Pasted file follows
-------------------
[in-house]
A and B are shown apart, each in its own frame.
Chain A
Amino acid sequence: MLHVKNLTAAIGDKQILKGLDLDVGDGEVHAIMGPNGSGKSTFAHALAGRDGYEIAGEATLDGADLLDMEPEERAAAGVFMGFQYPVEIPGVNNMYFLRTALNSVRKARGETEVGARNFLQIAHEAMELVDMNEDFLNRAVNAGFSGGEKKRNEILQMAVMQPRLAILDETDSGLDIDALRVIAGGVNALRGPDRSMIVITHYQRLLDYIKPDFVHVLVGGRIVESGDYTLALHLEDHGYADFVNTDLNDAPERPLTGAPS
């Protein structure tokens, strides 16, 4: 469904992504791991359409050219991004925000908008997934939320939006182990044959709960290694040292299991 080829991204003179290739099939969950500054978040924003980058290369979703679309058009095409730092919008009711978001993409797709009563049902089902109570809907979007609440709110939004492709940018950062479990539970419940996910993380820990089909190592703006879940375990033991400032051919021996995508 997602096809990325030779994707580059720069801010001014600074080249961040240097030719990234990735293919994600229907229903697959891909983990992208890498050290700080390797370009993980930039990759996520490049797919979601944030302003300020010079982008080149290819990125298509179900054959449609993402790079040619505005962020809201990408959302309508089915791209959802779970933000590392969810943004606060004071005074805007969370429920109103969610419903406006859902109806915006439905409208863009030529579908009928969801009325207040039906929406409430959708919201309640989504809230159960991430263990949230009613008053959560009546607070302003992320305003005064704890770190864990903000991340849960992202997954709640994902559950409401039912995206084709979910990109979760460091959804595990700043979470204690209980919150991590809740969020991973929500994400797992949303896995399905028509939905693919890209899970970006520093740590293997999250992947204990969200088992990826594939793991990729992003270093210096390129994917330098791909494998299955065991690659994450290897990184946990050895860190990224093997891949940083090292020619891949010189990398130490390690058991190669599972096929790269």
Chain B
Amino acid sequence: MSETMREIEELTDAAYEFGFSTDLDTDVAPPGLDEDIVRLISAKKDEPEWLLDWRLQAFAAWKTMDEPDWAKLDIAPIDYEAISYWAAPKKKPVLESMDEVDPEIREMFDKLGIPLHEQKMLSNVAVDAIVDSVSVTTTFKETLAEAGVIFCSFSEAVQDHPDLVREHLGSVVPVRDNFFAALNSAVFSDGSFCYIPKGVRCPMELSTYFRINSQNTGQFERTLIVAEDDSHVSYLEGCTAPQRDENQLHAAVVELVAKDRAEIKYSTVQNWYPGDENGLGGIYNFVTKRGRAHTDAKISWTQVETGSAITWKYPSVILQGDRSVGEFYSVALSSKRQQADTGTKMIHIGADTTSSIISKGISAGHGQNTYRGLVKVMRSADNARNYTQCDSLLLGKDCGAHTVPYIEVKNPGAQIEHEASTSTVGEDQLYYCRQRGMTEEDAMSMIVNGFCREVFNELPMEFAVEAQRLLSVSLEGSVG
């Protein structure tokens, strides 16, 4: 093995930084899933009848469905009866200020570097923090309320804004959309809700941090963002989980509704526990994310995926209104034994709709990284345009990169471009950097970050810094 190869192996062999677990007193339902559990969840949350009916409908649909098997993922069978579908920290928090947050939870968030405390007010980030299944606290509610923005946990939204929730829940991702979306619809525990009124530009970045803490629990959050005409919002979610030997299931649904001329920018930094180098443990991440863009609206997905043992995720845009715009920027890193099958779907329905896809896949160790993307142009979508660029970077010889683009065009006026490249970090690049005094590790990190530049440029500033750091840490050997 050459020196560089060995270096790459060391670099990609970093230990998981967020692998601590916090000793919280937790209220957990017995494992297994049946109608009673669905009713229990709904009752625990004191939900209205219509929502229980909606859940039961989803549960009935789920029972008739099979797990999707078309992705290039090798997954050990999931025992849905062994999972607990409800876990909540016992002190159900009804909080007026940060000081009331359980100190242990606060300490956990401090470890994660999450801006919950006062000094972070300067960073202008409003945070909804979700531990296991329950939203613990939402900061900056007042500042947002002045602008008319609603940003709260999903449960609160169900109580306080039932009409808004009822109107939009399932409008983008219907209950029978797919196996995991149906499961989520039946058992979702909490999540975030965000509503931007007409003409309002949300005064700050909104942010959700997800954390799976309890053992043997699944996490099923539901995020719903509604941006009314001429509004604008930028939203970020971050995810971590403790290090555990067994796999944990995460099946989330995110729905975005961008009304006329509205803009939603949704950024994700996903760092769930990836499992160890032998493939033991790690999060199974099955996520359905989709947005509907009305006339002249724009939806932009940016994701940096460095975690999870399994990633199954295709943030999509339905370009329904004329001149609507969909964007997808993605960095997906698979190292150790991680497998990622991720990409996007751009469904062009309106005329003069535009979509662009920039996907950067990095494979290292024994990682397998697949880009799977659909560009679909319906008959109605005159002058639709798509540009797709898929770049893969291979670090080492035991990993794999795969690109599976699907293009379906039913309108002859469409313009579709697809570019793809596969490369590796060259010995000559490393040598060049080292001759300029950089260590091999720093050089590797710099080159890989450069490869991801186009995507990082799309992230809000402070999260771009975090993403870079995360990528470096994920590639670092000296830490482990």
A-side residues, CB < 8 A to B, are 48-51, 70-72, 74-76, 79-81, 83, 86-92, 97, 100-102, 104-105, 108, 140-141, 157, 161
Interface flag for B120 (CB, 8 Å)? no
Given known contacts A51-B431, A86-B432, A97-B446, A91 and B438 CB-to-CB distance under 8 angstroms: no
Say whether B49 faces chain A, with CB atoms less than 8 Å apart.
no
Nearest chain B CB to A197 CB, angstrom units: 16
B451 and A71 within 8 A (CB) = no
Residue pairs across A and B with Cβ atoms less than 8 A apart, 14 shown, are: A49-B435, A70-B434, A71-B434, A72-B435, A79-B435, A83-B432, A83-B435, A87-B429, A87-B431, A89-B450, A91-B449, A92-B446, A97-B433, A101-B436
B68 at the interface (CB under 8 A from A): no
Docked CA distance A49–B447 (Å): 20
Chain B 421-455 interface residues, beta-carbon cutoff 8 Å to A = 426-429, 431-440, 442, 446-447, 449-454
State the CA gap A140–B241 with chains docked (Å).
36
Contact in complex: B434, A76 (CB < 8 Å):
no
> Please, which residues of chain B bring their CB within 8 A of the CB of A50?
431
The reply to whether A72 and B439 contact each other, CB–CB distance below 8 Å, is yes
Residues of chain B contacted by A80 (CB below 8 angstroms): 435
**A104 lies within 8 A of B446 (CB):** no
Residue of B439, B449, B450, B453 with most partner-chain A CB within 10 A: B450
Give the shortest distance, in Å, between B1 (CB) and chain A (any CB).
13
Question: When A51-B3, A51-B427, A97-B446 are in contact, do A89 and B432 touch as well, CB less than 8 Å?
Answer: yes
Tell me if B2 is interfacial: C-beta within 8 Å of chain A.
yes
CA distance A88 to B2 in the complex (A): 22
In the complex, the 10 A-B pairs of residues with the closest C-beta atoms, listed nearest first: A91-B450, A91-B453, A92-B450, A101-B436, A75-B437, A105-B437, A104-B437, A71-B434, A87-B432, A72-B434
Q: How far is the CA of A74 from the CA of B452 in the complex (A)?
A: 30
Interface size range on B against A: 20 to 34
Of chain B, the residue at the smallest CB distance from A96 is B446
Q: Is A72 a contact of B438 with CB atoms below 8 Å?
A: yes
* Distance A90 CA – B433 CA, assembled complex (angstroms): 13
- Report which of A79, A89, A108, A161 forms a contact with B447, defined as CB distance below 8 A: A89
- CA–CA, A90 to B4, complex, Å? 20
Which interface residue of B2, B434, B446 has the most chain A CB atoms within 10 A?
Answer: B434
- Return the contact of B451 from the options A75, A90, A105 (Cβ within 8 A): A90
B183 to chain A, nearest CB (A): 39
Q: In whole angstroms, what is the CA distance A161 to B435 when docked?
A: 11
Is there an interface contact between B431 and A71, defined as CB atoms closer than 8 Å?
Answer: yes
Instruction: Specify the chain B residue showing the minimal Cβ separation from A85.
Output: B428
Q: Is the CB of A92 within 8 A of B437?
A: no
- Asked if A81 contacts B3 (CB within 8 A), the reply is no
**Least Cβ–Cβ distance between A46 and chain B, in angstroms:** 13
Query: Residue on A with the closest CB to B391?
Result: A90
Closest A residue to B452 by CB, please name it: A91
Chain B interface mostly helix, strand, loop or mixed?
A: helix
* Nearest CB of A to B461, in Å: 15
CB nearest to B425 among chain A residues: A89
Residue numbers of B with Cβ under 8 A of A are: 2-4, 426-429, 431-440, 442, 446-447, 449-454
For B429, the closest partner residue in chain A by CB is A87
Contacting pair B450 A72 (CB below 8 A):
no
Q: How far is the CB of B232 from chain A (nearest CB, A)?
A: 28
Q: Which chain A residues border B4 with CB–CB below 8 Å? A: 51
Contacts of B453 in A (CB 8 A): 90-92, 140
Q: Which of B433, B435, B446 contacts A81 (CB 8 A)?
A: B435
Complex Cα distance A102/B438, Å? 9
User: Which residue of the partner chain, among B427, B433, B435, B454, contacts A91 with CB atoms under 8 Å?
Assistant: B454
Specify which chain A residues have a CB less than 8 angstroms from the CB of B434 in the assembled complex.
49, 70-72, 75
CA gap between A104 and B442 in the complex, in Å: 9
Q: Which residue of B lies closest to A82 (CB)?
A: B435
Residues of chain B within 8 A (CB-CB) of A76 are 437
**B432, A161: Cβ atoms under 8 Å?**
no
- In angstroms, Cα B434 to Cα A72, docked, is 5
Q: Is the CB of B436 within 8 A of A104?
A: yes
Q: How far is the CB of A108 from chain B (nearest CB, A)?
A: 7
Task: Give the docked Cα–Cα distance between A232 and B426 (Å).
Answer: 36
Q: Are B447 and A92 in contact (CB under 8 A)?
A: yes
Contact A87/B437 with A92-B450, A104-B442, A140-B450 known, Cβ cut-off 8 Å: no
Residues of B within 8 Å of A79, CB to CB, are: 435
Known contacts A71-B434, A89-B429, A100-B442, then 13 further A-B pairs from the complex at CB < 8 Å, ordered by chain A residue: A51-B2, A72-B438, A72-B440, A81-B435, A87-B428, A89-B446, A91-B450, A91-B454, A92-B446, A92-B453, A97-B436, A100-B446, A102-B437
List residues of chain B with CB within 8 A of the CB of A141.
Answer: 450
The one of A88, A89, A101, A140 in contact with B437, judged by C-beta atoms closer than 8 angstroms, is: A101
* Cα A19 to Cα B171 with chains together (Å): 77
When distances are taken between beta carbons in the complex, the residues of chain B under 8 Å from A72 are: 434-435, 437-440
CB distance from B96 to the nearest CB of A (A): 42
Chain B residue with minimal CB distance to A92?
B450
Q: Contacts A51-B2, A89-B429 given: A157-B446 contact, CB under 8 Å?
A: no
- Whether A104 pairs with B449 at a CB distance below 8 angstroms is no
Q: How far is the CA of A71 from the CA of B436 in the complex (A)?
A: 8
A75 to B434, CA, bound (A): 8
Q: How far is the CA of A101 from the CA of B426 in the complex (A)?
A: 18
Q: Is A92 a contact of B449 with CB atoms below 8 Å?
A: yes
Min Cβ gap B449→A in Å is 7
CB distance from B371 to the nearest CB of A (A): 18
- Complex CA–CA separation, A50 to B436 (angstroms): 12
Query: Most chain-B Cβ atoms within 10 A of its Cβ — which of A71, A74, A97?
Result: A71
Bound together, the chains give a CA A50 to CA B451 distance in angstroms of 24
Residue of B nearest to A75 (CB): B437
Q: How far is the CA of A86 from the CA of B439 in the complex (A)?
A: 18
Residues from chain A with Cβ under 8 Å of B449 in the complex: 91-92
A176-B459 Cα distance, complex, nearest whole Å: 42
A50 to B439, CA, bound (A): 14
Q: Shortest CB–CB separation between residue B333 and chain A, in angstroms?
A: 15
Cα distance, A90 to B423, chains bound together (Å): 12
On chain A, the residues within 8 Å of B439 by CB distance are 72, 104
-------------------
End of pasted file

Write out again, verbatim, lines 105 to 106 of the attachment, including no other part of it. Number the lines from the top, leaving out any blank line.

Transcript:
When distances are taken between beta carbons in the complex, the residues of chain B under 8 Å from A72 are: 434-435, 437-440
CB distance from B96 to the nearest CB of A (A): 42